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A quick browse of the web-site of Wakefield Cathedral <www.wakefieldcathedral.org.uk> possibly holds some clues to any future appointment, which can be better understood by clicking on "The future."

 

I hesitate to suggest that it is strong on concept but weak on detail, or perhaps an example of corporate micro-management and impossibly ambitious "mission statements."

 

There are lots of fashionable buzz-words, but it seems to come down to the fact that there is a desire to be all things to all men (and women of course), a willingness to punch holes through the medieval walls of the cathedral, rip up the medieval floor, attach a modern extension and create a sort of civic space for the community.

 

As for the mission statement concerning "Music & Worship," I suspect that it would take a miracle man (or woman of course), to even begin to fulfil all the varioues aspects of proposed service music, which will apparently include "traditional" as well as Taizé, Celtic, cantatas, jazz (etc) and would involve the Director of Music whizzing around the Diocese to schools and churches.

 

I shall say no more lest I become political!

 

MM

 

Hi

 

Sounds like the DoM role is intended to be more like that of the Diocesan DoM in the Leeds RC diocese, which is paying dividends in choral recruitment. And, IMHO, there should be space for other styles of worship in our Cathedrals, alongside (emphatically NOT instead of) traditional Anglican.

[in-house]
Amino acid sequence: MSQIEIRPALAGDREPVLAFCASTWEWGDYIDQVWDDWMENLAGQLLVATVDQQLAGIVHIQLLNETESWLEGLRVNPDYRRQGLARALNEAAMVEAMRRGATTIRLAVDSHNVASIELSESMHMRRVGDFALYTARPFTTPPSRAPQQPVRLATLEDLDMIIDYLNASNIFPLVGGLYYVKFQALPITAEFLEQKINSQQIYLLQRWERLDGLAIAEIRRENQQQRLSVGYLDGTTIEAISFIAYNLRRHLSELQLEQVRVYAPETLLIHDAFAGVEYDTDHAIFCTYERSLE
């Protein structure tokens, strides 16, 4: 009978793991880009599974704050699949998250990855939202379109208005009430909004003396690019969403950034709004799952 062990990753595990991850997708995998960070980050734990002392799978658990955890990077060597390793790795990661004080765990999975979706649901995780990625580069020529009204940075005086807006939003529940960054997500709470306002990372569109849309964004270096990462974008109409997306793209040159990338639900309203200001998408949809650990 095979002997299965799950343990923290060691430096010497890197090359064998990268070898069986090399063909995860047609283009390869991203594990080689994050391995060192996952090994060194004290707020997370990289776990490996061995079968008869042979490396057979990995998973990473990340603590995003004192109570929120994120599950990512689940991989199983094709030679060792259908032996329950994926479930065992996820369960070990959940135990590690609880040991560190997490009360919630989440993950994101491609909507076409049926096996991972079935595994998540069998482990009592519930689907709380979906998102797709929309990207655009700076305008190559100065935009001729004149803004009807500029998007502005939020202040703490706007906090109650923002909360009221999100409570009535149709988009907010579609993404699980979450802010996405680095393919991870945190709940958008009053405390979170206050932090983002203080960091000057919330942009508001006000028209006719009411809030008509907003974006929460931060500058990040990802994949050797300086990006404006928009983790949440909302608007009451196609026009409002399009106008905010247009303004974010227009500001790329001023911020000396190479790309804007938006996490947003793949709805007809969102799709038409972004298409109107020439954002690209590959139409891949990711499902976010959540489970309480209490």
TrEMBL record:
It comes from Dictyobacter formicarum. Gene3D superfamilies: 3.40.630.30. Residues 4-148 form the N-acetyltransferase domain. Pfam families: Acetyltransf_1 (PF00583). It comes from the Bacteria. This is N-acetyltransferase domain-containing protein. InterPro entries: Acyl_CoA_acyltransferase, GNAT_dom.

Every Blessing

 

Tony

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Hi

 

Sounds like the DoM role is intended to be more like that of the Diocesan DoM in the Leeds RC diocese, which is paying dividends in choral recruitment. And, IMHO, there should be space for other styles of worship in our Cathedrals, alongside (emphatically NOT instead of) traditional Anglican.

 

Every Blessing

 

Tony

 

 

============================

 

 

Well, this is a moot point, because nothing would probably improve on the original concept as it stands.

 

I'm a great believer in NEW concepts of worship, but I have absolutely no time for that which seeks to wrap an old body in new clothes, or was it new wine and old bottles? No matter.

 

I'm afraid that I am the complete revolutionary, and I would start by hacking away at Prayer Books, Psalters and quite a lot of the Bible.

 

When "olde tyme" religion collpases, (which it probably will), perhaps the churches can then re-invent themselves, but not before they re-discover radical theology once more.

 

 

MM (The iconoclast)

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============================

 

 

Well, this is a moot point, because nothing would probably improve on the original concept as it stands.

 

I'm a great believer in NEW concepts of worship, but I have absolutely no time for that which seeks to wrap an old body in new clothes, or was it new wine and old bottles? No matter.

 

I'm afraid that I am the complete revolutionary, and I would start by hacking away at Prayer Books, Psalters and quite a lot of the Bible.

 

When "olde tyme" religion collpases, (which it probably will), perhaps the churches can then re-invent themselves, but not before they re-discover radical theology once more.

 

 

MM (The iconoclast)

 

 

Maybe it's not the old tyme religion that needs to collapse.....